Incumbent Board Member Michael Cole:                                                                                                                           17 year resident of Columbus. Has 2 children in CCS. I know Columbus as a parent and as a political advocate. Previously worked on levies and politics. Public education is a passion of his. His wife previously worked in communications in CCS. Originally ran for the board after feeling agitated and wanting better for students.

I have stumped on Accountability, curriculum, safety, transparency

Accountability: Hired Machelle Klein to help shore up how we report data to the state and are now a leading model statewide.

Curriculum: We have strengthened gifted and talented education. This has been a passion of mine because my children are on this spectrum. We saw the value and the need to identify and serve our gifted students and have unanimously worked to provide options.

Transparency: We use the secretary of state’s model for fiscal transparency, we also go through a private company and created a dashboard that gives you a day to day look at the statistics gang are available real time.

Safety: Failure is the first step to success. The relationship made the difference at Scioto high school. Safety is the first and foremost in our mind, which is why we invest over $2 million a year in police officers, in addition to our SROs. The training these people get is beyond what you would think they would to keep students safe, physical and relational.

Question Pizzuti tax abatement- what was the benefit?

This has recently been an interest that the school board has been involved in. We asked “what is the benefit to us”. Tax abatements are based on the speculative value of dirt. They offered money and internships for our students for ten years. OSU wanted to buy the old Indianola elementary. We solidified the deal by figuring out the benefit to our students. It is no longer about exchange value – if it is capital money we can only use it so far, so we need to look at what is the value we can add to help our students to be better prepared for their futures.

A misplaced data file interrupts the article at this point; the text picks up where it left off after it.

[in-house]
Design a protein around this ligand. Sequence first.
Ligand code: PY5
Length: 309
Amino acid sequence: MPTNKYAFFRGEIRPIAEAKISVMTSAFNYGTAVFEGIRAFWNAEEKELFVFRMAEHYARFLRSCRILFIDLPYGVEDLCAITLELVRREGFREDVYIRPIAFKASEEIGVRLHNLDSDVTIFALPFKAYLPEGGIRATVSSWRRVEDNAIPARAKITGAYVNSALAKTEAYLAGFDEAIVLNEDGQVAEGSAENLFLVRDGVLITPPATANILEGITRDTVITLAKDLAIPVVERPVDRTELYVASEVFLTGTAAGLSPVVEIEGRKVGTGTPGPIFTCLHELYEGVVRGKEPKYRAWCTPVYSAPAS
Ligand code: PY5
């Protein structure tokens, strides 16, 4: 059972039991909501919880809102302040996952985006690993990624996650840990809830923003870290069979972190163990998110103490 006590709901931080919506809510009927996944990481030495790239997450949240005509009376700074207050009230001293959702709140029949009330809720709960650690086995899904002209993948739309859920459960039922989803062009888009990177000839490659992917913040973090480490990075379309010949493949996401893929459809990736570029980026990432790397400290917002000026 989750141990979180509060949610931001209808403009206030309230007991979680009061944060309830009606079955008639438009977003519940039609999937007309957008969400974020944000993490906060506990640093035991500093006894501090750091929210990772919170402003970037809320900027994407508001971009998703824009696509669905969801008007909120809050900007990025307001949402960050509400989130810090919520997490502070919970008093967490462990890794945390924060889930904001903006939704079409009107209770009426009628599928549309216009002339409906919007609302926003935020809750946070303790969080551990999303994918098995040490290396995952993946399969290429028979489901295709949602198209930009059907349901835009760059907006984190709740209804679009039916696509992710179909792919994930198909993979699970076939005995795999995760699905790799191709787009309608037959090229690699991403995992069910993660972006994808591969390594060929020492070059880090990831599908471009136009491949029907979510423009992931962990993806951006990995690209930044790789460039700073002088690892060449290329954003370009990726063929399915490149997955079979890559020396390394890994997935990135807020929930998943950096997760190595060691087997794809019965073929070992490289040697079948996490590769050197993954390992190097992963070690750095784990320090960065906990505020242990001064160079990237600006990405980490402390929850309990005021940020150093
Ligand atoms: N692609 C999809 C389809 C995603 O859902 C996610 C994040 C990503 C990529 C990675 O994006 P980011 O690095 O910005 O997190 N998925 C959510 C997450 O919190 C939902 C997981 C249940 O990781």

Public schools are big, and anybody is going to try to pillage us. Our legislature is not listening. No change came from policy, it came from the courts.

Question: Willingness to get a levy to attract the best teachers and fix problems.

Must be thoughtful, strategic, collaborative. The best interests of our children have to come first and foremost.

 

Abbey Vaile: Columbus teacher for 30 years and graduate of Columbus schools:                                                         I have a pretty good view of schools since the 1960s. We have some schools that are not equipped to handle heat so we need to look at those problems, those infrastructure problems. We are losing a lot of money, a lot of revenue and we have not seen a board really get up and yell about where the money is going. Over 60% of our property taxes are going to our schools and we are giving tax abatements. Our main tax abatement is at Easton and they can afford to pay them. If you couldn’t pay your property taxes that wouldn’t pass. We really have to get on this as a school board and as a city.

In 85 districts around Ohio there has been a push to get some of the millions of dollars back from charter schools. Some districts have gone to ODE and said they want their money back, which is revenue. Money has to go to the benefit of the students first.

I feel we have to expand community outreach. Every school board meeting should be able to be attended by the community. We need to advertise on social media, and people just don’t feel that there is an attachment to our school board. We have to get school board members out to our schools so they can see what is going on. There are 7 board members and we should see them.

Question: 5 year forecast has no raises for teachers. Are you willing to go with a levy to ask for recruitment and infrastructure.